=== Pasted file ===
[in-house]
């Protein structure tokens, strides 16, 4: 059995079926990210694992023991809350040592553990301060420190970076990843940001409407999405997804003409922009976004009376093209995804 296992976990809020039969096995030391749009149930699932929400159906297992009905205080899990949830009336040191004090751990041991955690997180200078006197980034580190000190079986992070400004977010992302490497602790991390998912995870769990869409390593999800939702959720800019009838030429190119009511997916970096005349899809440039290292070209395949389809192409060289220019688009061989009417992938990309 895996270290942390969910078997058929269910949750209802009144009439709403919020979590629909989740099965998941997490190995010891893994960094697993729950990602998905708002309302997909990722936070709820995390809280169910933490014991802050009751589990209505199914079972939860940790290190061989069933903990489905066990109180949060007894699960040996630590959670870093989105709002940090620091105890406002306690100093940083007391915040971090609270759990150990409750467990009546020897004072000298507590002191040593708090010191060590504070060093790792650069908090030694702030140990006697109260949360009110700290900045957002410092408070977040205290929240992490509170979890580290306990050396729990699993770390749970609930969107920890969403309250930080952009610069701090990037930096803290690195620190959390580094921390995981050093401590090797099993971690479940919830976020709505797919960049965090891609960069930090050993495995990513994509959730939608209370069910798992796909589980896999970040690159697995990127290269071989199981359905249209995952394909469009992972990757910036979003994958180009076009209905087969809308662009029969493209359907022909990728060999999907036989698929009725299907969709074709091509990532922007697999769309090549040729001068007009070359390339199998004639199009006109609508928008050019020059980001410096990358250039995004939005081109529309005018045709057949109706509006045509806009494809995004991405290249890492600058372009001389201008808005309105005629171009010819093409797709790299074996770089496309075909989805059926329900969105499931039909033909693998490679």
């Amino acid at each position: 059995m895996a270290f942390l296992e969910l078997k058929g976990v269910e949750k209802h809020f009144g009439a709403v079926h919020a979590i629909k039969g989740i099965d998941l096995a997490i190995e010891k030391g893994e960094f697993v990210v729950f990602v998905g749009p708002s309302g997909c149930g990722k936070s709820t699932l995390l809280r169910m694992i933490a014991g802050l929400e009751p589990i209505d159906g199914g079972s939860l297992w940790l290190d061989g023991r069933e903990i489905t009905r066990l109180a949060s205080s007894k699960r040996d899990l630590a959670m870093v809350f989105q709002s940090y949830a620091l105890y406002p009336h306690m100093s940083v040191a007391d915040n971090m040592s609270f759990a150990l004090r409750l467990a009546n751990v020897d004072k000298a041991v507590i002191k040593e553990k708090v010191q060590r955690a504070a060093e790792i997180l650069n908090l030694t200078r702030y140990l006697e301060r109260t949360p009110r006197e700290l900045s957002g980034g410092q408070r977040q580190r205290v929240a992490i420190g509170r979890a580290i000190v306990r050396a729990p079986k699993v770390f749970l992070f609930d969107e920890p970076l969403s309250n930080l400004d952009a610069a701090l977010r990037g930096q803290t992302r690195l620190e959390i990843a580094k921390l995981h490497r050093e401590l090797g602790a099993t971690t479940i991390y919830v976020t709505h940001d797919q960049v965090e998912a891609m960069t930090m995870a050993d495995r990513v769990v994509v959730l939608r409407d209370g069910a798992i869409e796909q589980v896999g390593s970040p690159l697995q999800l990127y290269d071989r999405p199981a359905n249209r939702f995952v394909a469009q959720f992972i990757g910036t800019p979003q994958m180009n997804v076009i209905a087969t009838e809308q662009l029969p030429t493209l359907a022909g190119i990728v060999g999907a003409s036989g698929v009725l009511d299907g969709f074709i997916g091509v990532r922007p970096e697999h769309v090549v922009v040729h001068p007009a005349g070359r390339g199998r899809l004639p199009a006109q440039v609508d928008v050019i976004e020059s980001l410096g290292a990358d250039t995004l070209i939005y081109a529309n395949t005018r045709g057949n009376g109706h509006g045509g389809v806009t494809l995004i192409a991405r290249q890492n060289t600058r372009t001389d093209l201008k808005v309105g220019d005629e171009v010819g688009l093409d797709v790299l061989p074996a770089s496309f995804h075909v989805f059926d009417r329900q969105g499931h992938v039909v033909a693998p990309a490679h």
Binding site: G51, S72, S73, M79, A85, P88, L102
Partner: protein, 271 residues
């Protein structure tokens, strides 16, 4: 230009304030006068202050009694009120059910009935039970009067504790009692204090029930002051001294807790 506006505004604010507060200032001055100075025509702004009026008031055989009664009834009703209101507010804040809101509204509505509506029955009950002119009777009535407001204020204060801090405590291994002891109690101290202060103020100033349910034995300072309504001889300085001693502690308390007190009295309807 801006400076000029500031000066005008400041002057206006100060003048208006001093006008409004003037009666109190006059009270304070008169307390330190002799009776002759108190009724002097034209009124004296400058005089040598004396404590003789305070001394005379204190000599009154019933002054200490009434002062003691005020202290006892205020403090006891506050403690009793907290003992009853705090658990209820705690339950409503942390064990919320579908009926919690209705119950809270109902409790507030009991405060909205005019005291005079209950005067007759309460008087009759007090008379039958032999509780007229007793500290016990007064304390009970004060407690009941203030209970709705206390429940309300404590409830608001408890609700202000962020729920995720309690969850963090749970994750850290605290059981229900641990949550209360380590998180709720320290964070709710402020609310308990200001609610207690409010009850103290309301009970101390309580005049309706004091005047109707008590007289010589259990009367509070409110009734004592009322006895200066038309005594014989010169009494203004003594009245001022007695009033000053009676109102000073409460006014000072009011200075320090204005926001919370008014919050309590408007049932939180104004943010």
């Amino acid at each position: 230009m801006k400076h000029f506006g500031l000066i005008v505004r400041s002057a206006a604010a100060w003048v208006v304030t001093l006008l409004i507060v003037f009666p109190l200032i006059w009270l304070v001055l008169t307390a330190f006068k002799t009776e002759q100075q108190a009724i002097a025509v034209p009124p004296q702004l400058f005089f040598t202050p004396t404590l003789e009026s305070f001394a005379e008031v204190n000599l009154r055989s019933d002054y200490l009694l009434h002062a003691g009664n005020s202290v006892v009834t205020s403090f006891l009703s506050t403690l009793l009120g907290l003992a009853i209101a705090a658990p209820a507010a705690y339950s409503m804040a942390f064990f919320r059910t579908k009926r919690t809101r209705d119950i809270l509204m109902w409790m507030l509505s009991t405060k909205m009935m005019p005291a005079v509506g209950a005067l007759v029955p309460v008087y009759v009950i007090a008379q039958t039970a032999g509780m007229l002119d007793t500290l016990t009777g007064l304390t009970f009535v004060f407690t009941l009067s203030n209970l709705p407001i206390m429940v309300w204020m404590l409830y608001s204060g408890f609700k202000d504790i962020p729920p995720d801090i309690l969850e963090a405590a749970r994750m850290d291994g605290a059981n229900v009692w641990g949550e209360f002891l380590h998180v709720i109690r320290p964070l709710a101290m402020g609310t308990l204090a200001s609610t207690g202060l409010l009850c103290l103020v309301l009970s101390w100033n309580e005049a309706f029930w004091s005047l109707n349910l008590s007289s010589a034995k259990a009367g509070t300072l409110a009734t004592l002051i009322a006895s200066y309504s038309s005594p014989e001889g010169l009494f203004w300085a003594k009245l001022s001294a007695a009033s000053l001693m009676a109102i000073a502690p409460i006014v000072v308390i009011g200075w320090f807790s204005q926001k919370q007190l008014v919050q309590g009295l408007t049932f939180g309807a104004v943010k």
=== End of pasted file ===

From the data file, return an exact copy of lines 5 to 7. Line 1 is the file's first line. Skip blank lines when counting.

Partner: protein, 271 residues
């Protein structure tokens, strides 16, 4: 230009304030006068202050009694009120059910009935039970009067504790009692204090029930002051001294807790 506006505004604010507060200032001055100075025509702004009026008031055989009664009834009703209101507010804040809101509204509505509506029955009950002119009777009535407001204020204060801090405590291994002891109690101290202060103020100033349910034995300072309504001889300085001693502690308390007190009295309807 801006400076000029500031000066005008400041002057206006100060003048208006001093006008409004003037009666109190006059009270304070008169307390330190002799009776002759108190009724002097034209009124004296400058005089040598004396404590003789305070001394005379204190000599009154019933002054200490009434002062003691005020202290006892205020403090006891506050403690009793907290003992009853705090658990209820705690339950409503942390064990919320579908009926919690209705119950809270109902409790507030009991405060909205005019005291005079209950005067007759309460008087009759007090008379039958032999509780007229007793500290016990007064304390009970004060407690009941203030209970709705206390429940309300404590409830608001408890609700202000962020729920995720309690969850963090749970994750850290605290059981229900641990949550209360380590998180709720320290964070709710402020609310308990200001609610207690409010009850103290309301009970101390309580005049309706004091005047109707008590007289010589259990009367509070409110009734004592009322006895200066038309005594014989010169009494203004003594009245001022007695009033000053009676109102000073409460006014000072009011200075320090204005926001919370008014919050309590408007049932939180104004943010």
């Amino acid at each position: 230009m801006k400076h000029f506006g500031l000066i005008v505004r400041s002057a206006a604010a100060w003048v208006v304030t001093l006008l409004i507060v003037f009666p109190l200032i006059w009270l304070v001055l008169t307390a330190f006068k002799t009776e002759q100075q108190a009724i002097a025509v034209p009124p004296q702004l400058f005089f040598t202050p004396t404590l003789e009026s305070f001394a005379e008031v204190n000599l009154r055989s019933d002054y200490l009694l009434h002062a003691g009664n005020s202290v006892v009834t205020s403090f006891l009703s506050t403690l009793l009120g907290l003992a009853i209101a705090a658990p209820a507010a705690y339950s409503m804040a942390f064990f919320r059910t579908k009926r919690t809101r209705d119950i809270l509204m109902w409790m507030l509505s009991t405060k909205m009935m005019p005291a005079v509506g209950a005067l007759v029955p309460v008087y009759v009950i007090a008379q039958t039970a032999g509780m007229l002119d007793t500290l016990t009777g007064l304390t009970f009535v004060f407690t009941l009067s203030n209970l709705p407001i206390m429940v309300w204020m404590l409830y608001s204060g408890f609700k202000d504790i962020p729920p995720d801090i309690l969850e963090a405590a749970r994750m850290d291994g605290a059981n229900v009692w641990g949550e209360f002891l380590h998180v709720i109690r320290p964070l709710a101290m402020g609310t308990l204090a200001s609610t207690g202060l409010l009850c103290l103020v309301l009970s101390w100033n309580e005049a309706f029930w004091s005047l109707n349910l008590s007289s010589a034995k259990a009367g509070t300072l409110a009734t004592l002051i009322a006895s200066y309504s038309s005594p014989e001889g010169l009494f203004w300085a003594k009245l001022s001294a007695a009033s000053l001693m009676a109102i000073a502690p409460i006014v000072v308390i009011g200075w320090f807790s204005q926001k919370q007190l008014v919050q309590g009295l408007t049932f939180g309807a104004v943010k």